We just discovered camping paradise and it’s in our own backyard!
I’m not one to call camping an idyllic experience. Sure, there are aspects I love such as kids running free, gallons of fresh air, the fact everyone pitches in to make the experience a success. But there is much about camping I could do without: setting up the tent, the dirt which gets into the most unexpected places, and needing to pack everything including the kitchen sink in order to function in the outdoors.
The gorgeous and luxurious oTENTiks found in various Parks Canada locations resolves all of my dislikes: no tent to set up, laminate flooring, a front porch (with a broom to take care of the dirt!), and a very well stocked cabin which requires me to pack next to nothing. I am in awe of the incredible comfort and home-like feeling created by the oTENTiks.
At the Fort Langley National Historic Site there are 5 oTENTiks and we stayed in #4 the gold rush themed cabin. Check-in time is between 3pm – 5pm; I highly recommend arriving as early as possible, since all buildings (except the washrooms) are locked down at 5pm to give yourself the opportunity to tour the Fort and check out your surroundings.
At 5pm the gates were locked and the Fort was ours (shared with the guests staying in the 4 other oTENTiks). Our boys brought their bikes and they were away to the races. I don’t know if they realized how lucky they were to be flying around the Fort Langley National Historic Site on their bikes but I sure did! There are many activities to entertain your kids, should you not have the ability to bring bikes. A toy box was provided on the front porch of our cabin: skipping ropes, a game of horseshoe, blocks and more. There are animals to visit, a garden to explore and a panning for gold station. Our kids weren’t lacking for activity options.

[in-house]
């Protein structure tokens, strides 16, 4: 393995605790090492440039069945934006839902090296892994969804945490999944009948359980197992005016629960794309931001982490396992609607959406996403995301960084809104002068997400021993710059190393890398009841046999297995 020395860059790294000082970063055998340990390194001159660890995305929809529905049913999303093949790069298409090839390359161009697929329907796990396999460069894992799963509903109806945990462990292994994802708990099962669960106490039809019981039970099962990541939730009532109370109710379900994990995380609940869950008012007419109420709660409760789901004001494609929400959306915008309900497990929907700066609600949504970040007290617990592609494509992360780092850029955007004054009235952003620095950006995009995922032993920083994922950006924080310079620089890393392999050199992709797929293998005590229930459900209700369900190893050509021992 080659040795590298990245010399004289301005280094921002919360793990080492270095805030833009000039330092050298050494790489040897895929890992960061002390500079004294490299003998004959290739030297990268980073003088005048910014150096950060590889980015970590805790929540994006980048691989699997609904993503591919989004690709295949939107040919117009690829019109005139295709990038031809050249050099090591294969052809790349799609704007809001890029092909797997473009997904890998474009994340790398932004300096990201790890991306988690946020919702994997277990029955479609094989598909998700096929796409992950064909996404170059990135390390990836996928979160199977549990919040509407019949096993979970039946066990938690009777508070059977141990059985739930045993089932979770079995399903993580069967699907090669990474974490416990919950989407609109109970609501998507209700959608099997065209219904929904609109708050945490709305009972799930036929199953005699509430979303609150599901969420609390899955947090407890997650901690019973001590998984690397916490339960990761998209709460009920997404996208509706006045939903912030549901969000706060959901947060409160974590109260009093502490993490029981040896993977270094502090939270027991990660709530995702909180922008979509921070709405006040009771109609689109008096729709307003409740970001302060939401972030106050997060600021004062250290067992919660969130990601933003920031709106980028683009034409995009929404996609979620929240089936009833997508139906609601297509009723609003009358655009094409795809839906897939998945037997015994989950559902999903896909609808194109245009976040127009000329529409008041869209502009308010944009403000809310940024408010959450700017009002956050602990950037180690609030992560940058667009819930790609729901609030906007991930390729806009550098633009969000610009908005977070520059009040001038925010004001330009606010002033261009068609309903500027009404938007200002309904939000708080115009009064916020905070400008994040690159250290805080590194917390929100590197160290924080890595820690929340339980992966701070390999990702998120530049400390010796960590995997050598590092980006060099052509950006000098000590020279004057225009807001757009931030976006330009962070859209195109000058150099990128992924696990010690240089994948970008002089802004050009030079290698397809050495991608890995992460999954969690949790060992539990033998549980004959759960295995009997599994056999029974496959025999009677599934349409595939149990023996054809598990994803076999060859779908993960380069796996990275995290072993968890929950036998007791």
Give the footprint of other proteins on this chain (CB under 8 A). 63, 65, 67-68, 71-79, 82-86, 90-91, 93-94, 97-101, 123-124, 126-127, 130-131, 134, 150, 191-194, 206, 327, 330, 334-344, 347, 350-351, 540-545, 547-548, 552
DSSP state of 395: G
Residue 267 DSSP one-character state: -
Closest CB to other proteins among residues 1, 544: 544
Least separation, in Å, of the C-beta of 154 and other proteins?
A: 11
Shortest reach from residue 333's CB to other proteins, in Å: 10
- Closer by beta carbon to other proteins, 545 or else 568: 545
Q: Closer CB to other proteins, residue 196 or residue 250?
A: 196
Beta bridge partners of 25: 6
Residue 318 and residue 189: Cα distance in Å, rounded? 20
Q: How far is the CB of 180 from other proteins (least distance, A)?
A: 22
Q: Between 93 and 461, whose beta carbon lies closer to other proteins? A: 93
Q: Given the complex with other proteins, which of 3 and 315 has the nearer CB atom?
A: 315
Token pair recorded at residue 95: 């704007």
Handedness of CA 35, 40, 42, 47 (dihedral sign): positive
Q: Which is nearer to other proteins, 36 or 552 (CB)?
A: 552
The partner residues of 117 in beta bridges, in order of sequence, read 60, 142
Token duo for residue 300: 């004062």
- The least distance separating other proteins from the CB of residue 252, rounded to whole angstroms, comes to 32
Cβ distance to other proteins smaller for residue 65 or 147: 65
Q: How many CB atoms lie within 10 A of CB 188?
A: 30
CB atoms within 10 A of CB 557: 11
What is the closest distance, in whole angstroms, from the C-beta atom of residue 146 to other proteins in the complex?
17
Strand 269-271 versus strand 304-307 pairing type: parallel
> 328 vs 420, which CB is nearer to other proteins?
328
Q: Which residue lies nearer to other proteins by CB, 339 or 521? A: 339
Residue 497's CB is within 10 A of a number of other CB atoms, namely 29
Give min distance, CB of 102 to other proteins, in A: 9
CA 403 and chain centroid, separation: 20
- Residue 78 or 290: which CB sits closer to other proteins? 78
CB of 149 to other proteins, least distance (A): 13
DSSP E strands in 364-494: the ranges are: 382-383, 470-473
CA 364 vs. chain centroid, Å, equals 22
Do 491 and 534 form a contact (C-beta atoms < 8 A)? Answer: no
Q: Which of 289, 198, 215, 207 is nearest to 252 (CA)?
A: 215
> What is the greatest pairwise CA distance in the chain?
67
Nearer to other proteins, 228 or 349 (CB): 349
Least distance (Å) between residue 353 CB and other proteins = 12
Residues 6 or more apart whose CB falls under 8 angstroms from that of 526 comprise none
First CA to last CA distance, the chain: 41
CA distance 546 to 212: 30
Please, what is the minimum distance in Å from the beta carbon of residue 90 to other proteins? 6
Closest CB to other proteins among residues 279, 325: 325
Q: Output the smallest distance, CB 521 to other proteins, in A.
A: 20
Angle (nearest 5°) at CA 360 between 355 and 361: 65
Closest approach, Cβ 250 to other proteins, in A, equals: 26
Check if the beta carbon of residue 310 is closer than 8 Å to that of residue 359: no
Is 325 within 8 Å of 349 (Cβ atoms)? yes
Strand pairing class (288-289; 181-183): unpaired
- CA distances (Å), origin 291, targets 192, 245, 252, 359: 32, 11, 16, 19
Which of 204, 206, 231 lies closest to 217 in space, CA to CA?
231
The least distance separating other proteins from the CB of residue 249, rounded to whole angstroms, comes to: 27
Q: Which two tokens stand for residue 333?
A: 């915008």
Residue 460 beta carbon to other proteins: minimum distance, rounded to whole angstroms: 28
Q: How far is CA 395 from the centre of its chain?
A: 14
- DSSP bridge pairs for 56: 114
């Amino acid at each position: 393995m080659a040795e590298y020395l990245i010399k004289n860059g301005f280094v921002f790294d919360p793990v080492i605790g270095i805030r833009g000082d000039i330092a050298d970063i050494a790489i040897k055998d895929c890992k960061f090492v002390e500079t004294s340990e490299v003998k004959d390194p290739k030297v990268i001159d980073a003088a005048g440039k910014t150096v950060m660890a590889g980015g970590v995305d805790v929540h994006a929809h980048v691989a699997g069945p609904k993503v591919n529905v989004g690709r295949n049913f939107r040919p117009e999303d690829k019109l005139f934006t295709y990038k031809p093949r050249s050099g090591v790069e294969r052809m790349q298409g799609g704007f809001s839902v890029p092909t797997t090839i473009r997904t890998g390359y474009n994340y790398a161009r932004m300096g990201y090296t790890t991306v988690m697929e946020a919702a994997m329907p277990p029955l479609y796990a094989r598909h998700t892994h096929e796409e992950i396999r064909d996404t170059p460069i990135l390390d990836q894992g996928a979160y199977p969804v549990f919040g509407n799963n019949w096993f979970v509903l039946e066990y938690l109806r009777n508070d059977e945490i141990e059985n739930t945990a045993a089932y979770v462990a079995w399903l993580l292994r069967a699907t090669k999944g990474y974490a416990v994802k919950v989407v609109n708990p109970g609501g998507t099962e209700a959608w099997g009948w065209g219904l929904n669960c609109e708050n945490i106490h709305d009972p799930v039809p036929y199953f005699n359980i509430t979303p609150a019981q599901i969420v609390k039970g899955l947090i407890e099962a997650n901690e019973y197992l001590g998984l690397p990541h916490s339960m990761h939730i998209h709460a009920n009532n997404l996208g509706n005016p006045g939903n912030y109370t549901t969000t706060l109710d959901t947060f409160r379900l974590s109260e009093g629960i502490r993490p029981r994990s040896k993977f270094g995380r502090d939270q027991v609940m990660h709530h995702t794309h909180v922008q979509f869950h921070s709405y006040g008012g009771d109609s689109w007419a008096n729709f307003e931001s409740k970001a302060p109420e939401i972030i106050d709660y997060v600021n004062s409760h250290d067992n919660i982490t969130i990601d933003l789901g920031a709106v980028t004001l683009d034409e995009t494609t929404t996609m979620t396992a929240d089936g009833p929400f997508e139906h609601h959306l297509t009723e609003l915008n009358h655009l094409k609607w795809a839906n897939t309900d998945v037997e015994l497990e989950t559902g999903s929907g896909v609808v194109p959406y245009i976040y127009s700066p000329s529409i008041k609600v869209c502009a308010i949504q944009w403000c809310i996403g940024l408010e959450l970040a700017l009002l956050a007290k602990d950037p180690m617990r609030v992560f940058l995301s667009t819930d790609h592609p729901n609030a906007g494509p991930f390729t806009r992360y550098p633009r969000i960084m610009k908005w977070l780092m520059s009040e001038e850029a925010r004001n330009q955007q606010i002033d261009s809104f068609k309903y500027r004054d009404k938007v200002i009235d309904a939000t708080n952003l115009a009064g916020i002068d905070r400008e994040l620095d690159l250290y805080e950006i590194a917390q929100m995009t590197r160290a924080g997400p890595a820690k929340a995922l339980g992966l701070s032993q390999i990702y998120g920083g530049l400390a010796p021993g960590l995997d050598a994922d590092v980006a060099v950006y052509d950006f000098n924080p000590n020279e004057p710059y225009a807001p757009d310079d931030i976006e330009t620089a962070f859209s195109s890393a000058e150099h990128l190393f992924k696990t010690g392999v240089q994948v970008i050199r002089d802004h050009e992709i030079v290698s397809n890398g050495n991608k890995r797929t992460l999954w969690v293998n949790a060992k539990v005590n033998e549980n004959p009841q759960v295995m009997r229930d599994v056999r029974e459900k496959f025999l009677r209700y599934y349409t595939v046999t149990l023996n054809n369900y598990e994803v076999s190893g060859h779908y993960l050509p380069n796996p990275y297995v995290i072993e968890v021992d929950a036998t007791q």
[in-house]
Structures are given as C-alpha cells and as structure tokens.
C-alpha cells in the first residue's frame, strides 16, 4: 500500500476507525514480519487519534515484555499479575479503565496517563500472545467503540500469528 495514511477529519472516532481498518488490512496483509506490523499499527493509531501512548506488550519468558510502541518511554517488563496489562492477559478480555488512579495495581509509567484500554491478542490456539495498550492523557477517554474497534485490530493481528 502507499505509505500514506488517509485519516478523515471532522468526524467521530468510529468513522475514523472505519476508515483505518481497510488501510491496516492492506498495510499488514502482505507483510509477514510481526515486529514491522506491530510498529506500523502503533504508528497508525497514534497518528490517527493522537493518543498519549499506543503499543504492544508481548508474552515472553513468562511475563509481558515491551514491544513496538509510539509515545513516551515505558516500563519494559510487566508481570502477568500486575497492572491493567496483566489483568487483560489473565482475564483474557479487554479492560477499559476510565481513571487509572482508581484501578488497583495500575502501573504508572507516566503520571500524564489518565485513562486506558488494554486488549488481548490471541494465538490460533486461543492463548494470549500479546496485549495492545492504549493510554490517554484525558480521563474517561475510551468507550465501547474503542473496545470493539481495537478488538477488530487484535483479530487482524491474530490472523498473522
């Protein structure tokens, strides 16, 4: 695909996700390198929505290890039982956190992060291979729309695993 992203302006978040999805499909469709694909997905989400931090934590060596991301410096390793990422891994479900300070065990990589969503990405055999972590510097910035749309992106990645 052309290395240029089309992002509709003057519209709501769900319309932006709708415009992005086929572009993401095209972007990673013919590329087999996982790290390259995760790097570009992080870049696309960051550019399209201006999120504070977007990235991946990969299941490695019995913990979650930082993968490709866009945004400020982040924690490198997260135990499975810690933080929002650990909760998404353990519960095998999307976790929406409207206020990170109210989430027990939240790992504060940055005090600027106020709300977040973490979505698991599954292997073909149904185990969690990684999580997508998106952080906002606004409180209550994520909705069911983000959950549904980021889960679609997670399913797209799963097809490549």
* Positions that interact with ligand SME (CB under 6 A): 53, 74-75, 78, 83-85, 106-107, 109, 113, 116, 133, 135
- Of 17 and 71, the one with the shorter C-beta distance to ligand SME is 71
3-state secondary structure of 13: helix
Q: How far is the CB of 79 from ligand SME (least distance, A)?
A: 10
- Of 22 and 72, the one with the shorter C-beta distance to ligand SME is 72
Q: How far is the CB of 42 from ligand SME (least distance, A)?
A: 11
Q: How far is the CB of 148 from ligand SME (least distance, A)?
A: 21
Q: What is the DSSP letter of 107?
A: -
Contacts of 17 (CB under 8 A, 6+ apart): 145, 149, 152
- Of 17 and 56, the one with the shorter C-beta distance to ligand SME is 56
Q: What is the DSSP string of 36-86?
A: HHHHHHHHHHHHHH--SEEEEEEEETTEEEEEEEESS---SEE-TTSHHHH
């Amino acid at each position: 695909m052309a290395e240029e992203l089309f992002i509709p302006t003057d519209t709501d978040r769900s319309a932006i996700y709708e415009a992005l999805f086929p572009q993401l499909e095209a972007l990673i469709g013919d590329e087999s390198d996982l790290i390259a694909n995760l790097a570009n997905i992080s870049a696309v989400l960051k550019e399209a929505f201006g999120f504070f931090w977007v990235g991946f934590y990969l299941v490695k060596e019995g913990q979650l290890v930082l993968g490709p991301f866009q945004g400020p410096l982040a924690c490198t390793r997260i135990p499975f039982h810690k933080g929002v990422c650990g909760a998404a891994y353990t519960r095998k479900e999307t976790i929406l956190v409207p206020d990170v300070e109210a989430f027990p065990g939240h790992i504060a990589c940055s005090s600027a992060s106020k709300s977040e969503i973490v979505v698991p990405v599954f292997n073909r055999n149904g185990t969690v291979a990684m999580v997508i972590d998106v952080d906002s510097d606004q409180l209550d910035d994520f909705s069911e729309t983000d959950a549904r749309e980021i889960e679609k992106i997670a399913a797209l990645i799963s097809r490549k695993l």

When we arrived the host Stephen gave us a lovely guided tour of our accommodations and an overview of how camping in Fort Langley works. Guests are given keys for their oTENTiks and the big Fort gates. Having the keys allows guests to go for dinner in the village of Fort Langley before returning to the oTENTik for bedtime.
However, should you wish to cook for yourself, Parks Canada has thought of everything. Four communal BBQs are provided; one is even reserved for vegetarians. There are cooking utensils, oven mitts, cutlery, cups, bowls and plates provided in every oTENTik. There is also a wash cloth, towel and dish soap provided so you can clean up. We made a delicious dinner of corn on the cob, chicken and tabbouleh salad, enjoyed on the picnic table in front of our oTENTik.
The physical space of the oTENTik is impressive. There is ample room for four people to sleep on the bottom bunks and one (or two small) sleepers on the top bunk. Should it rain, you won’t feel cramped and you’ll be able to dine inside on the kitchen table with 4 chairs. Parks Canada has also provided a mini fridge so you can bring perishable items and keep them cold. As an added treat for mom and dad, alcohol is allowed in the Fort so I felt rather civilized enjoying a glass of chardonnay while wandering around the birthplace of BC. Parks Canada oTENTiks are a genius idea which may just make a camper out of this less-than-enthusiastic-camper! We loved our experience so much we’ve already booked our return visit!
oTENTik camping can be found at a number of Parks Canada locations, here is a breakdown by province:
Prince Albert National Park
Riding Mountain National Park
Thousand Islands National Park
Fundy National Park
Kejimkujik National Park and National Historic Site
Newfoundland and Labrador:
Gros Morne National Park